Spice up your trip with some of the city’s hidden secrets…
With its honking motorcycles, chaotic Old Quarter, and vibrant culinary scene, Hanoi is well-established as a favorite destination among backpackers and adventurous travelers. The Vietnamese capital is often overlooked as a family-friendly destination, with many families skipping the metropolis to head to Ha Long Bay. But don’t let that steer you away from Vietnam’s bustling capital! Hanoi has a whole lot of kid-friendly attractions, including museums, water-puppet shows, vertigo-inducing “sky walks”, fun food, and flower markets. These attractions do tend to draw quite a crowd, however, so families in Hanoi will need to head off the tourist trail for a queue-free experience. Read on for the low-down on how to spice up your trip with under-the-radar sights and activities in Hanoi.
Cook Up a Storm with Culinary Classes
Kids usually take well to Vietnamese food (once everybody’s clued up as to how to ask for dishes that won’t bombard your taste buds with fiery heat), and the whole family can usually be found happily chowing down on phó after just a day or so. Fire up your family’s new-found fondness for Vietnamese cuisine with cooking classes, some of which also involve a shopping trip to one of Hanoi’s colorful food markets, fragrant with spices and alive with the sound of shouting traders and bargain-hunting shoppers. For English-language classes with kid-focused options, check out Hanoi Cooking Center, which offers kids’ classes from around $14 USD. This centrally-located school has an excellent reputation, and also arranges street food tours and other foodie treats. There’s an on-site café, too, should the kids want to see how it’s done before they sign up.
Feed a Passion for Books at the Temple of Literature
An inscription at the entrance advises horse riders to dismount their steeds, providing a clue as to the aristocratic importance of the young scholars who once strolled these blissfully quiet courtyards in the heart of Hanoi. The home of Vietnam’s earliest university (founded in 1076), the Temple of Literature was set up to educate sons of mandarins and to honor the great and good of literary accomplishment. Ornate pagodas and temples, statues and stone tortoises dot the grounds, which make for a pleasant place for a stroll or just to let little ones race around without fear of a car or motorbike mounting the pavement. The entrance fee is less than $1 USD, so it’s a cost-effective way to get some fresh air and exercise while goggling at the architecture.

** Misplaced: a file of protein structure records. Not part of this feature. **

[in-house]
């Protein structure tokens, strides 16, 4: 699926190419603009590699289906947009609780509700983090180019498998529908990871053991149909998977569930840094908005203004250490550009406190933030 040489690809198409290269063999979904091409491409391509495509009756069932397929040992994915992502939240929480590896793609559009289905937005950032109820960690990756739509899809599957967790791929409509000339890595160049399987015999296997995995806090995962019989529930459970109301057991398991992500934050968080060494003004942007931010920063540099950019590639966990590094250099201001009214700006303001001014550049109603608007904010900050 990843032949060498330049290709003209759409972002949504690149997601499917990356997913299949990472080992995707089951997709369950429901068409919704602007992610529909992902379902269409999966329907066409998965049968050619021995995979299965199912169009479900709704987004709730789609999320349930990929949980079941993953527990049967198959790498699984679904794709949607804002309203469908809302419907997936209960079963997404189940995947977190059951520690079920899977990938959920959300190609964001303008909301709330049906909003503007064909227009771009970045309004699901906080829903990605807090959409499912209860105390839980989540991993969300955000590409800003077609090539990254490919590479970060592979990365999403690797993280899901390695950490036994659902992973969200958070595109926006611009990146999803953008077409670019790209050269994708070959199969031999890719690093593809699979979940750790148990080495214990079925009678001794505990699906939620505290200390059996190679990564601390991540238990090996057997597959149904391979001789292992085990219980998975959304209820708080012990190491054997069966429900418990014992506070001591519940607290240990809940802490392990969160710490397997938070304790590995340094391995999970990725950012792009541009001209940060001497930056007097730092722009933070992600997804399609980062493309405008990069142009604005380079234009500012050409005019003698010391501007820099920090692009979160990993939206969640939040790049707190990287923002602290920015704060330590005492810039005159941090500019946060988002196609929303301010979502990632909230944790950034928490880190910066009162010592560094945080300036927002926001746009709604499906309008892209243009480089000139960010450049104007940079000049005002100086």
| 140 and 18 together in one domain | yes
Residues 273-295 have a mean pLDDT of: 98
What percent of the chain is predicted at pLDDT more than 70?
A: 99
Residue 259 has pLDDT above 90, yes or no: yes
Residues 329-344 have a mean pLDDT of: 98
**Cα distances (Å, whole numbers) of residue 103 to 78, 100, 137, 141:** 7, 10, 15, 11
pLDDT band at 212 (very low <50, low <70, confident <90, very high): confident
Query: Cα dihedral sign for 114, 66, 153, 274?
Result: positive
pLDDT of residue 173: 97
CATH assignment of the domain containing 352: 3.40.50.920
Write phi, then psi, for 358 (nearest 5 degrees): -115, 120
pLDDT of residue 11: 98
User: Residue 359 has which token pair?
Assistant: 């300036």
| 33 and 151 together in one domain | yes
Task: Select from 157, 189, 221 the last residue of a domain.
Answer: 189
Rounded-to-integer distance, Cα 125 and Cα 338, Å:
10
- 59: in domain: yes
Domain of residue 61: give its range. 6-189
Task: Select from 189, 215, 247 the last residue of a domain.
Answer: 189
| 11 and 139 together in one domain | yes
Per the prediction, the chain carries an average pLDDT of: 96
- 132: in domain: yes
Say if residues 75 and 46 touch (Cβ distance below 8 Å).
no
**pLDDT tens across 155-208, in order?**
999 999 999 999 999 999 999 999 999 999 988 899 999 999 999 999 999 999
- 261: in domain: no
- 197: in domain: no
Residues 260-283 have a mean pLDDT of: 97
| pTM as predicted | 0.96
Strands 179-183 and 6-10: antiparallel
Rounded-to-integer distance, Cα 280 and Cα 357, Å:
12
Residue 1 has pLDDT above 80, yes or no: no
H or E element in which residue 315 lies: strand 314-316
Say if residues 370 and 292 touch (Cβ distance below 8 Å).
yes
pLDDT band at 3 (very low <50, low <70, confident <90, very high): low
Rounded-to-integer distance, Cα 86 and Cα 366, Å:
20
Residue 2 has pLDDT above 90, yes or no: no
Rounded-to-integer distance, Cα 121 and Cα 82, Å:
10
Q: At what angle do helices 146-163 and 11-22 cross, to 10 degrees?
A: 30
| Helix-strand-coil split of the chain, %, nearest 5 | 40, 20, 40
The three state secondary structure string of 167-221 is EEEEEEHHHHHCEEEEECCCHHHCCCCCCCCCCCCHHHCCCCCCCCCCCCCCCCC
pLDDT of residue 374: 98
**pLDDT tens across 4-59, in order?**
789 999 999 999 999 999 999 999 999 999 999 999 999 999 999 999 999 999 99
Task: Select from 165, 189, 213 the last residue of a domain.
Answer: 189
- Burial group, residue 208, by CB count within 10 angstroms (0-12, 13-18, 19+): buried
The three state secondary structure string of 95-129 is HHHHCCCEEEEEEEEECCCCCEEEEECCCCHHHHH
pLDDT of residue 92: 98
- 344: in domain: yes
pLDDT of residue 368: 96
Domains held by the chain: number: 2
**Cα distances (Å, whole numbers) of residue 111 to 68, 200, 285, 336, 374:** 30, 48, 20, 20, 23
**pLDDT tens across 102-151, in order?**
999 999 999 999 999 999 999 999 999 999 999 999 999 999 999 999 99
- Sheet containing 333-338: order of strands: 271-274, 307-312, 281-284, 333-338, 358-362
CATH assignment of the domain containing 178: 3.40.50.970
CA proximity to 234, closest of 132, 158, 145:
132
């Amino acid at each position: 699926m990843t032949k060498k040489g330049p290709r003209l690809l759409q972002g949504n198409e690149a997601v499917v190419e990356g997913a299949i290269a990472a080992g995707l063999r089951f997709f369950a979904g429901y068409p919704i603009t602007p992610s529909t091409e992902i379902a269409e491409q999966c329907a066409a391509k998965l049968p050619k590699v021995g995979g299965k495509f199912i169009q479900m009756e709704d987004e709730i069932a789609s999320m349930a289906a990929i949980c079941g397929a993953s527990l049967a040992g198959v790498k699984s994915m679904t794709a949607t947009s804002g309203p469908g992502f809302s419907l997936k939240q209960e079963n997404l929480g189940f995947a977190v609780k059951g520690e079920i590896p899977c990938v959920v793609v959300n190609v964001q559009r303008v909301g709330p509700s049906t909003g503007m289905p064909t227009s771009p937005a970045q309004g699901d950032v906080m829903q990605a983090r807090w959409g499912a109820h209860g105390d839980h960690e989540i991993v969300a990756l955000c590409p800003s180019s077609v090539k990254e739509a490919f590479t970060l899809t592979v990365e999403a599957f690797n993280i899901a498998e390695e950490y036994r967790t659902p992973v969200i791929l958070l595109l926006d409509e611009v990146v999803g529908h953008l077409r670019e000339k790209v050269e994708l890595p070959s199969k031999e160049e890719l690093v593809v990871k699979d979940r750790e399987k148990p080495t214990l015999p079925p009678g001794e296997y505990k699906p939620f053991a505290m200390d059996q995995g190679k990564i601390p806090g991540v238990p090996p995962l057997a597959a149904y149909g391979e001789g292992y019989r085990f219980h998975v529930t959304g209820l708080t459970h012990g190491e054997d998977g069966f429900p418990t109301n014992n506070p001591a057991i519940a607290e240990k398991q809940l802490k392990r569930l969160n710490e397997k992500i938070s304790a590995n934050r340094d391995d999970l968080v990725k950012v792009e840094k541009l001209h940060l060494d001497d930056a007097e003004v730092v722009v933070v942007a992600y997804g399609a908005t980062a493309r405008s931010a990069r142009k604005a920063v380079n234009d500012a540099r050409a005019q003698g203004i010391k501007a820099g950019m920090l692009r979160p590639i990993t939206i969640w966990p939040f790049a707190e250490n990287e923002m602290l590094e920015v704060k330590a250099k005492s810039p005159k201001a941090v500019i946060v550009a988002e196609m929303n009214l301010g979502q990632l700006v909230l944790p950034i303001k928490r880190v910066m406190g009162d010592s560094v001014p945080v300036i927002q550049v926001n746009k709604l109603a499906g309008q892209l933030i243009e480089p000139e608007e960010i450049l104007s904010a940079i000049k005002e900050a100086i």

Take a Free Walking Tour
Strap babies into slings (forget strollers on these busy streets) and tell older kids to get their comfy trainers on! Hanoi’s Free Walking Tours are a great way to get to know the city’s nooks and crannies without the all-too-real possibility of getting lost. As the name suggests, the tours are free-of-charge, although the friendly volunteers that run them will happily accept donations. The tours were set up in 2012 by a group of students as a way of showing the best of their city to curious visitors, and today walkers can take tours ranging from three hours to a full day. Don’t worry, there are plenty of pit stops along the way, and each tour explores a different areas of the city such as the Old Quarter or French Quarter. There’s even a dedicated street-food tour, which will delight foodie families. It’s best to book in advance so the guides know how many people are coming along.
Try an Egg Coffee at Giang Café
Visitors to Hanoi can get a caffeine kick and protein hit in one fell swoop by sampling one of Hanoi’s most intriguing coffee creations. Rich, fragrant cà phê trứng (egg coffee) was invented by Nguyen Van Giang in 1946 in response to wartime milk shortage, and the success of his brew was such that he was able to open a café on the back of it. Nowadays the coffee is a more elaborate confection made with top-quality coffee, sugar, hot whisked egg and condensed millk or butter. It’s possible to try egg coffee at lots of places in Vietnam today, but where better to try it than the place where the delicious drink was invented? The café is hidden away in the backstreets of the Old Quarter, but well worth hunting out, and kids can be lured here with the promise of sticky-sweet cakes, or even try the drink itself. Just ask for it with a mere drip of coffee to keep the caffeine level low and minimise the risk of the kids tearing around at an even faster pace than normal.
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